Bridging the Week: Futures Insider Trading, Artificial Prices, Theft by Convention, Whistleblowing

Last week, the Commodity Futures Trading brought and resolved its second enforcement action based on the securities industry’s concept of insider trading, while a federal court ruled in response to a motion for partial summary judgment that the CFTC must show that a price was intended to be artificial to ultimately prevail in a lawsuit alleging manipulation and attempted manipulation. In addition, the Securities and Exchange Commission agreed to settle an enforcement action with a publicly-traded company for terminating a whistleblower where an internal investigation found the whistleblower’s complaints were unfounded. As a result, the following matters are covered in this week’s edition of Bridging the Week:

  • Ex-Airline Employee Sued by CFTC for Insider Trading of Futures Based on Misappropriated Information (includes Legal Weeds);

  • Federal Court Holds That CFTC Must Show Artificial Price to Prevail in Traditional Manipulation Lawsuit (includes My View);

  • Trader Indicted for Exploiting Minimum Futures Pricing Convention to Hide Trading Losses and Causing Firm Collapse; CFTC Also Files Civil Charges;

  • Firm Sanctioned by SEC for Firing Whistleblower Who Allegedly Made False Allegations (includes My View);

  • Brokerage Firm Agrees to Pay US $12.5 Million Fine to SEC for Trading Controls Failure; Six Exchanges to Assess an Additional US $3 Million Penalty (includes Compliance Weeds);

  • Swap Dealer Settles Enforcement Action by CFTC for Not Filing Daily Large Trader Reports of Commodity Swaps Positions (includesCompliance Weeds and Follow-Up);

  • Introducing Broker and Principal Sued by CFTC for Recordkeeping and Supervision Breakdowns (includes My View);

  • Hedge Advisor to Retailers of Fuel Products Settles With CFTC Over Charges It Acted as an Unregistered CTA; and more.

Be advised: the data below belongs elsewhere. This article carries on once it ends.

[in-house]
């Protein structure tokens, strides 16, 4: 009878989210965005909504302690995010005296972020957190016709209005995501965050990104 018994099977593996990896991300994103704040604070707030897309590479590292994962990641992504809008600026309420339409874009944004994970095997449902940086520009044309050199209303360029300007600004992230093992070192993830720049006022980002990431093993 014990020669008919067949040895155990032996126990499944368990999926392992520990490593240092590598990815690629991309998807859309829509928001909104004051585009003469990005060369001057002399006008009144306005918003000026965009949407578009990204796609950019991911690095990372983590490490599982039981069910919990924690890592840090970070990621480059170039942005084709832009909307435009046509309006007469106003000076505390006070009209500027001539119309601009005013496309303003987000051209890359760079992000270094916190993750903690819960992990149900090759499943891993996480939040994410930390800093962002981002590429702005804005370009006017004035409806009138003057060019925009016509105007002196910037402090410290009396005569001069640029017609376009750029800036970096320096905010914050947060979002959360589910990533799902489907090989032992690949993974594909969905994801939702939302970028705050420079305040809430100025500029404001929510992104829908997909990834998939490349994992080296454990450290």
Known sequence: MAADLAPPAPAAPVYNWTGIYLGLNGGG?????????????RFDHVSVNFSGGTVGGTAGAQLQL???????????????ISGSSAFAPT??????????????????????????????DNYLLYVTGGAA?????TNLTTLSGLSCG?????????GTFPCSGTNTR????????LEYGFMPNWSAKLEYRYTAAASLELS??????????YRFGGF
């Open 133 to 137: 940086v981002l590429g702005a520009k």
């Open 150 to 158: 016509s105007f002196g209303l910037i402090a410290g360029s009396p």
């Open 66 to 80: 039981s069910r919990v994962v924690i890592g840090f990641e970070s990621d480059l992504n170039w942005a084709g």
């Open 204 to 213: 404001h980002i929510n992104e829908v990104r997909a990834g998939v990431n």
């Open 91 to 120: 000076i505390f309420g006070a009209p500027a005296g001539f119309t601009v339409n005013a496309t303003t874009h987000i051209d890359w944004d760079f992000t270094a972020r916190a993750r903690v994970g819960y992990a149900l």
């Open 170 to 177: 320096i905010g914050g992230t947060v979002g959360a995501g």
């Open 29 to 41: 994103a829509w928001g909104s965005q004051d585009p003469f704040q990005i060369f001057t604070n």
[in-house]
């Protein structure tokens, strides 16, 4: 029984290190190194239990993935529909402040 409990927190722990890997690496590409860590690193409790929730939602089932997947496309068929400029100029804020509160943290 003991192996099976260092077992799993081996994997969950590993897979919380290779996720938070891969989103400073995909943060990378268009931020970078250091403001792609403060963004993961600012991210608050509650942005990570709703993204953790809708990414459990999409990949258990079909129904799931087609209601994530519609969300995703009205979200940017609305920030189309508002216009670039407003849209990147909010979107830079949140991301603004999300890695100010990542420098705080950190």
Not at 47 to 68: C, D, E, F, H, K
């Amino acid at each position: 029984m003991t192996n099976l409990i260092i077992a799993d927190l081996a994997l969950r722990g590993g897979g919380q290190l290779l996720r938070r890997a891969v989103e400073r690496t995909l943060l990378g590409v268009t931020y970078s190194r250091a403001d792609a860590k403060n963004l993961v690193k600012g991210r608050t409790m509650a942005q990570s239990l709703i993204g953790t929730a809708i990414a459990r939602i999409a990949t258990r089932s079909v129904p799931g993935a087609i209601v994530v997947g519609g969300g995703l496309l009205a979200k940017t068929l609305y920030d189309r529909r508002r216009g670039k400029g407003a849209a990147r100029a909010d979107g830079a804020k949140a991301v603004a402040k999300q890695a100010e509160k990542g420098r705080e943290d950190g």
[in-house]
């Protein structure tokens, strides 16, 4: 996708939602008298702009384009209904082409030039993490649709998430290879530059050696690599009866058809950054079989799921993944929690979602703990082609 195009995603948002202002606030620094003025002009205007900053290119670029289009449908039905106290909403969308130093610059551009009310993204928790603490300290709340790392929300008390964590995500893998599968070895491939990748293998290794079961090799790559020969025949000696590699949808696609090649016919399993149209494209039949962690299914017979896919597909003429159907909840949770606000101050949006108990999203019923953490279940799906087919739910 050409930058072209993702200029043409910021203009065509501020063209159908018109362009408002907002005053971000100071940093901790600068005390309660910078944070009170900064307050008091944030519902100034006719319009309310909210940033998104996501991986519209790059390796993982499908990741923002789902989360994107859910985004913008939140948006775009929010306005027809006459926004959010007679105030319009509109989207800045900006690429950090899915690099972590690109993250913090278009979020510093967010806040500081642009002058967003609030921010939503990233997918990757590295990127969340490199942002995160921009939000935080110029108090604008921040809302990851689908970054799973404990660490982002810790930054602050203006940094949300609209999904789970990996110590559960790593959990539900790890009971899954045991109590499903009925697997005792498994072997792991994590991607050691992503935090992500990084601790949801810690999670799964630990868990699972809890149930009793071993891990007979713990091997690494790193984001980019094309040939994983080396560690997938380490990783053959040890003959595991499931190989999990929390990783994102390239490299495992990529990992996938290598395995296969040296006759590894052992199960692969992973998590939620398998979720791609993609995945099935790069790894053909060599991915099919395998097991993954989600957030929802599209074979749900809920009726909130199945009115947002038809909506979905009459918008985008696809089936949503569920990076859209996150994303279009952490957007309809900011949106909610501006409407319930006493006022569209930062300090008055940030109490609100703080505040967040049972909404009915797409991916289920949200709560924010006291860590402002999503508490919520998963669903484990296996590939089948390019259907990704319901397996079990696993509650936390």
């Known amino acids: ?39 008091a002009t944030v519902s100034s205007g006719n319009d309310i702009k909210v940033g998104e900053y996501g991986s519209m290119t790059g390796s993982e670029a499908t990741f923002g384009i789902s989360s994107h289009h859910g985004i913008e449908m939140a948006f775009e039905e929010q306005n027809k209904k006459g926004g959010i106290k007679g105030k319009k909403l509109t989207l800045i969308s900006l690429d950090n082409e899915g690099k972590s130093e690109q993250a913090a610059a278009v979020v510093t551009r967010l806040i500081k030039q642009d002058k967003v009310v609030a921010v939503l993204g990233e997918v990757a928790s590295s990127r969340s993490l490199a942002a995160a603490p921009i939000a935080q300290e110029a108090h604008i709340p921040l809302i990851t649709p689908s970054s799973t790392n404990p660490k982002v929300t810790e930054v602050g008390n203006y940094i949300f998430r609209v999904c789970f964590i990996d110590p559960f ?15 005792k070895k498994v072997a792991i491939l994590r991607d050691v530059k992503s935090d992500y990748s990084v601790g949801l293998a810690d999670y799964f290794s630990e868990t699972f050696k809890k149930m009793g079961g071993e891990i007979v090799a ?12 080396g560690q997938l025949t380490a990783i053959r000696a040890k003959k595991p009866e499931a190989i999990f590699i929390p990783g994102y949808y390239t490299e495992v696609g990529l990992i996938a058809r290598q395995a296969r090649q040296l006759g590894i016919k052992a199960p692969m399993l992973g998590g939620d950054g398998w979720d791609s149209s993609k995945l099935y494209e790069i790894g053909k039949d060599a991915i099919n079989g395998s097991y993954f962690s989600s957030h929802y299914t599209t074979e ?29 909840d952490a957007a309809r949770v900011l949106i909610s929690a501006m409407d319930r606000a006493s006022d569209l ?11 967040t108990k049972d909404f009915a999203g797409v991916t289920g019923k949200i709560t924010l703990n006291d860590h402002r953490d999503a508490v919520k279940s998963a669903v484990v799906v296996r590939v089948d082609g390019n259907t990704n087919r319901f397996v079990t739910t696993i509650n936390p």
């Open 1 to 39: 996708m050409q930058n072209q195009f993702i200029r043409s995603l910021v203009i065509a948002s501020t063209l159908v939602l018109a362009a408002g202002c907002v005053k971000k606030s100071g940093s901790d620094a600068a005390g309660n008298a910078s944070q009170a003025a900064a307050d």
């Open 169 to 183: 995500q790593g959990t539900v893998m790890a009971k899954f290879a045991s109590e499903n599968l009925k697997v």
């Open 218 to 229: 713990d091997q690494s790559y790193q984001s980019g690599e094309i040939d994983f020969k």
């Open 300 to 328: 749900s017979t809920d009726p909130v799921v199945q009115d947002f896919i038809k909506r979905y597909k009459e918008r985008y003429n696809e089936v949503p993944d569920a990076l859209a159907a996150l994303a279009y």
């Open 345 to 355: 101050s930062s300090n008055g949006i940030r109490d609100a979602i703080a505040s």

• Ex-Airline Employee Sued by CFTC for Insider Trading of Futures Based on Misappropriated Information: The Commodity Futures Trading Commission brought and settled charges against Jon Ruggles, a former trader for Delta Airlines, for trading accounts in his wife’s name based on his knowledge of trades he anticipated placing for his employer. The CFTC claimed that this constituted trading on illicitly misappropriated information, and based its action, in part, on a theory equivalent to the securities concept of insider trading. According to the CFTC, Mr. Ruggles frequently placed a trade for accounts of his wife, and subsequently placed a limit order to liquidate the position at a price not then currently available in the relevant market but designed to achieve a profit. Mr. Ruggles would then place an order for his employer on the opposite side of the market for the same or greater quantity of the order for his wife’s accounts. Either his employer’s order would be totally executed against his personal order, or it would induce other traders to trade opposite his personal order. The CFTC said that Mr. Ruggles engaged in this and other types of similar illicit trading activity on 71 days from March 2012 through December 2012, achieving a profit of over US $3.5 million. (He mostly traded energy products listed on the New York Mercantile Exchange.) Mr. Ruggles’s conduct was alleged by the CFTC to constitute the employment of a manipulative or deceptive device based on his trading of material, nonpublic information that he inappropriately obtained from his employer, and fraud. To resolve the CFTC’s charges, Mr. Ruggles agreed to pay a fine of US $1.75 million; disgorge all trading profits on a specified schedule over 42 months; and never again trade on a market overseen by the CFTC. In June 2016, NYMEX brought and settled a disciplinary action against Mr. Ruggles based on similar allegations. NYMEX imposed a fine of US $500,000 against Mr. Ruggles; ordered disgorgement in excess of US $2.8 million (reduced by any amount disgorged to the CFTC); and imposed a permanent CME Group all-products trading prohibition. (Click here for details of the NYMEX disciplinary action against Mr. Ruggles, as well as an action against his wife.)